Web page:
For the second blog in our series on the relationship between people and their proximity to amenities (for which we use one or more of our extensive points of interest POI data sets) we have focused on retirement villages and resthomes.
Now, most of us probably have a retirement plan of sorts, or at least an idea where or how we would like to retire. Even if it is a vague concept (for those of you young enough for it to be a suitably distant proposition…) people usually talk about retiring somewhere warmer, somewhere sunnier and by the sea.
Perhaps unsurprisingly, our data would tend to support this comforting notion of where many of us will spend our twilight years.
Firstly, when we look at the percentage of people aged 65+ living in our major cities there’s no show-stopping surprises in the top 5 destinations for retirees:
- New Plymouth
That said, the good folk of Tauranga might feel slightly miffed that they have been pipped by Whanganui and Napier in this measure (given the level of media coverage positioning Tauranga as New Zealand’s most obvious retiree destination). And, I’ll also concede that Whanganui coming in at number one was probably a little unexpected…
When it comes to Wellington and Auckland though, they have the lowest percentage of people aged 65+, which perhaps indicates that we tire of city life as we age..? Or perhaps more likely, we tire of the expense of city life and treat the capital accrued in the houses bought in these main centres as a retirement fund (by then moving to the regions where property and living costs are cheaper).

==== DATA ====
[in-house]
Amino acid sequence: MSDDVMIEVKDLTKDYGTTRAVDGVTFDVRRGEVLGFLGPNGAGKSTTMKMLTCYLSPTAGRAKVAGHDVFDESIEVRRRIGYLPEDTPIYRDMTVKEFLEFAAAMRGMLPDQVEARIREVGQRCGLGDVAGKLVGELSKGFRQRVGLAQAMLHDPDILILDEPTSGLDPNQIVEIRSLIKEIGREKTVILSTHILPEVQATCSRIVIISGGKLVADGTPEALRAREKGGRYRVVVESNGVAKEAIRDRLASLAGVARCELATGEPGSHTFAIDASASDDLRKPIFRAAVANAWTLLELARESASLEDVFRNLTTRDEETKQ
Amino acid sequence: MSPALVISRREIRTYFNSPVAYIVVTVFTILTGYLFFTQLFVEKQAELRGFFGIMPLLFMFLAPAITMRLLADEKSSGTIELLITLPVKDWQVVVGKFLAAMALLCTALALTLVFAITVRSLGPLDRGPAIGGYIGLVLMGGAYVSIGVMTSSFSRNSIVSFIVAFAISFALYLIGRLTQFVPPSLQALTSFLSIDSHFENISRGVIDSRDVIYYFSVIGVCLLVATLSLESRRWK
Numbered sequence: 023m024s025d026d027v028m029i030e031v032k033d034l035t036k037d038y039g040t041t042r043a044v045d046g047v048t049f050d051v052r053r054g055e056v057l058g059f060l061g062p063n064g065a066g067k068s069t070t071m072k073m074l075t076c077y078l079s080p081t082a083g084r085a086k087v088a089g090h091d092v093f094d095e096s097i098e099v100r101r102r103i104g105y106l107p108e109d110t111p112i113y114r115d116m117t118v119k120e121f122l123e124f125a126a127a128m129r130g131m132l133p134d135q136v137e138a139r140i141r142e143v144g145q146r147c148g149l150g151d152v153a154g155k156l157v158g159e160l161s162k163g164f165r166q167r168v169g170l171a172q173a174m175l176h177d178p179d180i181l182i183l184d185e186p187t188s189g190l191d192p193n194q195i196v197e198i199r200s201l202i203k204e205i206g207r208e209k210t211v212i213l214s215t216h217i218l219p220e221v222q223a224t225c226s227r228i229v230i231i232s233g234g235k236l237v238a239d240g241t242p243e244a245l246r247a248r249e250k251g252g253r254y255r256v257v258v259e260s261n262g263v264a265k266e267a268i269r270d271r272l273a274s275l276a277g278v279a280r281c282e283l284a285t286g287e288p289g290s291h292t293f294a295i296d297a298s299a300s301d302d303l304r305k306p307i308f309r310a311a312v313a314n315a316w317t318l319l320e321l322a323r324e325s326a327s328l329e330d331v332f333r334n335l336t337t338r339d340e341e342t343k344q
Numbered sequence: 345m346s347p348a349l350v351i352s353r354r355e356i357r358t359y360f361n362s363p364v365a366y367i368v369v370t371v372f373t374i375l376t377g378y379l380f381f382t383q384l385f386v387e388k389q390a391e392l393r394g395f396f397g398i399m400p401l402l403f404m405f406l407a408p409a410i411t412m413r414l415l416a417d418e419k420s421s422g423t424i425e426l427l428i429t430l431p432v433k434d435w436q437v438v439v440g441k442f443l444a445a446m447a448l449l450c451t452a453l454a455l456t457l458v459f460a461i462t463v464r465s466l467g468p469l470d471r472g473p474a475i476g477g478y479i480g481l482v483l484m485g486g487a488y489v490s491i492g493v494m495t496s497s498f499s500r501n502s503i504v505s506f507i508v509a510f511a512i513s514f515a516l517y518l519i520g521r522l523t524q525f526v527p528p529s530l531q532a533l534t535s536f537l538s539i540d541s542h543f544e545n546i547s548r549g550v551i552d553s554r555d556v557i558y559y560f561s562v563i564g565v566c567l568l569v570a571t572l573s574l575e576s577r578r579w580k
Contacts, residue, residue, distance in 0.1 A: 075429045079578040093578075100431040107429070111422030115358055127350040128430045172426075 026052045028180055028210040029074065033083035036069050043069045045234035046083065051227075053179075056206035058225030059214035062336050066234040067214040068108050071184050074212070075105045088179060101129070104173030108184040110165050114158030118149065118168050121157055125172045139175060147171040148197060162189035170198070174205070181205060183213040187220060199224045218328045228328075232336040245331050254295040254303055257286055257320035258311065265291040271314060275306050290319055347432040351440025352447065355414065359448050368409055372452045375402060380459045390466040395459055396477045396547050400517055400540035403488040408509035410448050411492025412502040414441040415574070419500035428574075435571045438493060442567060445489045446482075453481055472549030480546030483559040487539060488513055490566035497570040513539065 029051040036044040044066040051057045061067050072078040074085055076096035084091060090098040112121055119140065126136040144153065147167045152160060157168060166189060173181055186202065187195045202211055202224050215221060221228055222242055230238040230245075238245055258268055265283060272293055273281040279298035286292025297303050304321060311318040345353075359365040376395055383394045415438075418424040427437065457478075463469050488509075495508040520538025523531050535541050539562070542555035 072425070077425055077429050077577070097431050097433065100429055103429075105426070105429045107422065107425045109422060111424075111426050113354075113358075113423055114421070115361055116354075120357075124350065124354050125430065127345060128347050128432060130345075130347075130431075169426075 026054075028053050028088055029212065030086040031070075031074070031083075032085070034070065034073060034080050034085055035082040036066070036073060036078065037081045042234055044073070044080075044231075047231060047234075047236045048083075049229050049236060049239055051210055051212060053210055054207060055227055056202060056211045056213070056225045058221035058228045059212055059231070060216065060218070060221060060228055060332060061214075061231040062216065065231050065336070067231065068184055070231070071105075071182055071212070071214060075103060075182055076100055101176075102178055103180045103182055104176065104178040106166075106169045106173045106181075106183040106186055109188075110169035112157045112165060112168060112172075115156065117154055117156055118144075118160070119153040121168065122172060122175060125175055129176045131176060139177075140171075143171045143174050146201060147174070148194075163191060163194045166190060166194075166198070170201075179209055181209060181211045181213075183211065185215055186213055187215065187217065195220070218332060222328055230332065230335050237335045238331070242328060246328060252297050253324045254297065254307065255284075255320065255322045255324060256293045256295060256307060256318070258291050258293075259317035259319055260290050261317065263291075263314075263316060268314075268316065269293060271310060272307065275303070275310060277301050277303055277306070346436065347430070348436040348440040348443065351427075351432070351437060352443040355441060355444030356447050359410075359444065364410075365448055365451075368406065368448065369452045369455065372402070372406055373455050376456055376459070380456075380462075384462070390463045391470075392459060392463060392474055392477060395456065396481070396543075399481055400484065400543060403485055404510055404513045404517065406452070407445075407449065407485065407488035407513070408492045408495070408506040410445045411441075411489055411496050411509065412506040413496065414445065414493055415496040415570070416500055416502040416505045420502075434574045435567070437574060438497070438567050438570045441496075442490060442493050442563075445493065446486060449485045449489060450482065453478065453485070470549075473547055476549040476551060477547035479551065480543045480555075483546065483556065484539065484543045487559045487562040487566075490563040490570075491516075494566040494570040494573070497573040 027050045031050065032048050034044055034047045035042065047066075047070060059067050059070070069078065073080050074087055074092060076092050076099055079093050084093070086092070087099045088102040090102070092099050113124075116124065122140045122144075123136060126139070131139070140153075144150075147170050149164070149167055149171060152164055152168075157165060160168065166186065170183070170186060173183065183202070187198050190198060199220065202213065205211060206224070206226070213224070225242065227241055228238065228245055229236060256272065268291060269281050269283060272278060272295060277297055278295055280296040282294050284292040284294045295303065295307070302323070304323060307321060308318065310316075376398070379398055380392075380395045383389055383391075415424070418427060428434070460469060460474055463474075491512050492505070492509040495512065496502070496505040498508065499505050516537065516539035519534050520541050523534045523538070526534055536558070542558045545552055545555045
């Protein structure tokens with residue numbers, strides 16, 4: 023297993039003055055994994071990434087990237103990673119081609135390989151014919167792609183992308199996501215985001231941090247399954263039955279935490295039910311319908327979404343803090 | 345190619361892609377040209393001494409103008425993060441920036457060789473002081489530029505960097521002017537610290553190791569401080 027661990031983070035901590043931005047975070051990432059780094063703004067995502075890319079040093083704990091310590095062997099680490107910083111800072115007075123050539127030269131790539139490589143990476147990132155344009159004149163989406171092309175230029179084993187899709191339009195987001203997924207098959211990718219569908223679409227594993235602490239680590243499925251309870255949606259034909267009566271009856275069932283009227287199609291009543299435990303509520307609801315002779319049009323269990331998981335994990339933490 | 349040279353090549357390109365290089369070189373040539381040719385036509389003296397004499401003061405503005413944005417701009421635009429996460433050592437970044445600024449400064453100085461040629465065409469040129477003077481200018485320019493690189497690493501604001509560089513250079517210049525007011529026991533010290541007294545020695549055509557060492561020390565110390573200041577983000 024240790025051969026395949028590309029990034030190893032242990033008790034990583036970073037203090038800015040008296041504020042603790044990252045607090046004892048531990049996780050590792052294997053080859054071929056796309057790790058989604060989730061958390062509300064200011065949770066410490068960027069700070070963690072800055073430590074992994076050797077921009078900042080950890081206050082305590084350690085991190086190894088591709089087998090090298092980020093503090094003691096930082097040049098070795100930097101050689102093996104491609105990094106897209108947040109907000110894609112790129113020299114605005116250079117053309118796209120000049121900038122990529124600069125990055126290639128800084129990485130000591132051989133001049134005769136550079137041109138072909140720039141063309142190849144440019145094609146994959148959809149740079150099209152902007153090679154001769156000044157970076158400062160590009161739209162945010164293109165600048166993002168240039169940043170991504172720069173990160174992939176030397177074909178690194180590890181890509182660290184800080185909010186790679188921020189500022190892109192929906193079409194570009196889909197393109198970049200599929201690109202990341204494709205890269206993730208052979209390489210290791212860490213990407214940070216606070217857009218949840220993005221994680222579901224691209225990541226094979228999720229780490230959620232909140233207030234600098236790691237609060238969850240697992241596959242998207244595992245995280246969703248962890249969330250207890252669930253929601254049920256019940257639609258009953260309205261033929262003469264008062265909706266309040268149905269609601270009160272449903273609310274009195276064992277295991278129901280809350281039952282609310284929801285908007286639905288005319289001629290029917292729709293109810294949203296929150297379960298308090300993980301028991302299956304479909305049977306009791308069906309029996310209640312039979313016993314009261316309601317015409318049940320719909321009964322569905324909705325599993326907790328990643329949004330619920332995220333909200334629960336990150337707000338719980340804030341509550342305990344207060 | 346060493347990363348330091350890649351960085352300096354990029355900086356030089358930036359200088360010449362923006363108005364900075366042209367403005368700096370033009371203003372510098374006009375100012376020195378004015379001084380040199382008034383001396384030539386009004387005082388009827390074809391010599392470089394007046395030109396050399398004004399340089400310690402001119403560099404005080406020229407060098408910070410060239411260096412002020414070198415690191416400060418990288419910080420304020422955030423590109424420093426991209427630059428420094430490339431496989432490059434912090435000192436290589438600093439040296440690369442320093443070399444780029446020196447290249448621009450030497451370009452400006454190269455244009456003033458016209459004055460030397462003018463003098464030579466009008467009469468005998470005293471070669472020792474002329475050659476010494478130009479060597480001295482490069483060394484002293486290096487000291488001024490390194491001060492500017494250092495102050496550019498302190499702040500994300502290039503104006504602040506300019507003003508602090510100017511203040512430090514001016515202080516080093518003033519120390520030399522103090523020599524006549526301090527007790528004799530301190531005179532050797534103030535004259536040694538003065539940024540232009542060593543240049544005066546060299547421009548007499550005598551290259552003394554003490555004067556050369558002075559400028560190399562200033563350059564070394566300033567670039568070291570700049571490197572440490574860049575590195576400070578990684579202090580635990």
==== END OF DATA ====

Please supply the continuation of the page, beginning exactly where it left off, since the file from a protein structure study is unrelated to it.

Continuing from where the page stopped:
Percentage of population aged 65+ by city
Number of retirement villages per 1000 people aged 65+
The ratio of retirement villages to people aged 65+ seems to support the notion of people wanting to retire somewhere warmer, sunnier and by the sea. Gisborne, Tauranga and Whangarei all rank highly on this metric, with New Plymouth coming out on top with the most retirement villages per capita aged 65+:
- New Plymouth
Retirement village data also indicates that people seem generally keener to retire to smaller regional towns too, with the main centres of Wellington and Auckland again ranking low on the ratio of retirement villages to people aged 65+ measure.
Christchurch bucks this trend a little, ranking 5th. This would indicate that the city is a reasonably popular retirement location, or perhaps it’s because the city’s housing is generally a little more affordable than Auckland or Wellington (and that more people living in Christchurch therefore choose to stay and retire there).
One way to view the data would be that Wellington and Dunedin have a real shortage of retirement villages for their population. However, given their low rankings on percentage of population aged 65+ in addition, it is probably safe to say that not many people are actively choosing to retire in Dunedin or Wellington.
Number of resthomes per 1000 people aged 65+
Interestingly though, Dunedin actually tops the list for most rest homes per capita aged 65+ (while simultaneously being bottom for most retirement villages per capita aged 65+).
Generally, the differences between cities for number of resthomes per capita aged 65+ are much more evenly distributed than the starker differences between cities on the number of retirement villages per capita aged 65+.
There are presumably some market forces at play here with respect to the major retirement village brands generally being operated as for-profit ventures by the private sector (so more likely to “follow the money” and cluster in trendy/desirable locations).